“Dear brothers and sisters, Bartimaeus, on regaining his sight from Jesus, joined the crowd of disciples, which must certainly have included others like him, who had been healed by the Master. New evangelizers are like that: people who have had the experience of being healed by God, through Jesus Christ. And characteristic of them all is a joyful heart that cries out with the Psalmist: “What marvels the Lord worked for us: indeed we were glad” (Ps 125:3).”

They reached Jericho; and as he left Jericho with his disciples and a great crowd, Bartimaeus – that is, the son of Timaeus – a blind beggar, was sitting at the side of the road. When he heard that it was Jesus of Nazareth, he began to shout and cry out, ‘Son of David, Jesus, have pity on me.’ And many of them scolded him and told him to keep quiet, but he only shouted all the louder, ‘Son of David, have pity on me.’
Jesus stopped and said, ‘Call him here.’ So they called the blind man over. ‘Courage,’ they said, ‘get up; he is calling you.’ So throwing off his cloak, he jumped up and went to Jesus.
Then Jesus spoke, ‘What do you want me to do for you?’ The blind man said to him, ‘Rabbuni, let me see again.’
Jesus said to him, ‘Go; your faith has saved you.’ And at once his sight returned and he followed him along the road.

Yesterday we heard this simple and powerful Gospel passage (Mark 10:46-52) in the celebration of Mass. The blind beggar Bartimaeus happens to be in the right place at the right time. Or is he?

In his homily Cardinal Eijk, who offered Mass at our cathedral for the occasion of the 125th anniversary of its dedication, told us that that wasn’t the case. It was not a matter of chance that Bartimaeus happened to be sitting in the street through which Jesus passed on His way out of Jericho. For Jesus passes us every day. It is up to us to see and recognise Him, something that Bartimaeus, despite being blind, managed to do.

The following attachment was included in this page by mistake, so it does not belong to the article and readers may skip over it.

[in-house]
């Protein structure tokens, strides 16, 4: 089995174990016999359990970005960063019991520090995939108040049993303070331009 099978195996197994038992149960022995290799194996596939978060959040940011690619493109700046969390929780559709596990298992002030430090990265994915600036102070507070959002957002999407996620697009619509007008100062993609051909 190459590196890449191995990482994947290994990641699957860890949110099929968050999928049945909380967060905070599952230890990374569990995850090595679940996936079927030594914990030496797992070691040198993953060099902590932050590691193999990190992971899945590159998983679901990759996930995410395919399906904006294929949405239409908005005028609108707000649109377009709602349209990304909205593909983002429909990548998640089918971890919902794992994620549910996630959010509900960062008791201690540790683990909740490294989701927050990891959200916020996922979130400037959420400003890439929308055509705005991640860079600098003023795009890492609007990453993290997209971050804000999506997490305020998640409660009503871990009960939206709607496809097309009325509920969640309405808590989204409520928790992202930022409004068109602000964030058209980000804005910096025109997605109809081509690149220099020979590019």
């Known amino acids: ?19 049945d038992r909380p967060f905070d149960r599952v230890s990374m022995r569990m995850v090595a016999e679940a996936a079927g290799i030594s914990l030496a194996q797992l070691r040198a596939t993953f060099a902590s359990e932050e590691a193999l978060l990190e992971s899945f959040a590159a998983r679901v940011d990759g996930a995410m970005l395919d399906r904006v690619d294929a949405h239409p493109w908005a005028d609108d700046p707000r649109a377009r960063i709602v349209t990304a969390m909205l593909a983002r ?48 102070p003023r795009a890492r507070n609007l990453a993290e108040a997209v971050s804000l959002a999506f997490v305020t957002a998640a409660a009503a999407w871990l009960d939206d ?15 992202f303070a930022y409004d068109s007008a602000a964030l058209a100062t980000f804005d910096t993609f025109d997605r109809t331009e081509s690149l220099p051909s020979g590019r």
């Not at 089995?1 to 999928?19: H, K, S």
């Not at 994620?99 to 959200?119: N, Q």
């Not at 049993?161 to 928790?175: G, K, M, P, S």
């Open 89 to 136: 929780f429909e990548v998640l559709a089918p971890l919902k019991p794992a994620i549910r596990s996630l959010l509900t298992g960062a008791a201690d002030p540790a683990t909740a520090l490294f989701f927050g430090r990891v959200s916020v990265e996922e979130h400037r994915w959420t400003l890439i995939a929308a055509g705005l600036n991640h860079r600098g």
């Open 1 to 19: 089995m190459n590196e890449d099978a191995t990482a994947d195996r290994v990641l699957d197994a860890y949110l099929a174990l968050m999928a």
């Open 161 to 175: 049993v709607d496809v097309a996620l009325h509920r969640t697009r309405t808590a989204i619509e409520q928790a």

He saw with the eyes of faith, thus recognising Jesus. The next step that he took, and which has to be a step we all should take, is to call out, to confirm the recognition to ourselves, to Christ and to everyone around us. Bartimaeus did so in a very simple form: “Son of David, Jesus, have pity on me”. But it is deceptively simple. Bartimaeus words were a short but very effective prayer, one that we could do worse than use every now and then.

Bartimaeus shows us that we can see and recognise Jesus every day, and we should not hesitate to speak to Him, in prayer. And prayer can be very short and simple without losing any of its intent and power.

Some that are blind can see clearly, and some that have their sight are blinded by vision.

Art credit: Bartimaeus, by Harold Copping

“And he said to them, ‘Go out to the whole world; proclaim the gospel to all creation. Whoever believes and is baptised will be saved; whoever does not believe will be condemned. These are the signs that will be associated with believers: in my name they will cast out devils; they will have the gift of tongues; they will pick up snakes in their hands and be unharmed should they drink deadly poison; they will lay their hands on the sick, who will recover.’
And so the Lord Jesus, after he had spoken to them, was taken up into heaven; there at the right hand of God he took his place, while they, going out, preached everywhere, the Lord working with them and confirming the word by the signs that accompanied it.”

Mark 16:15-20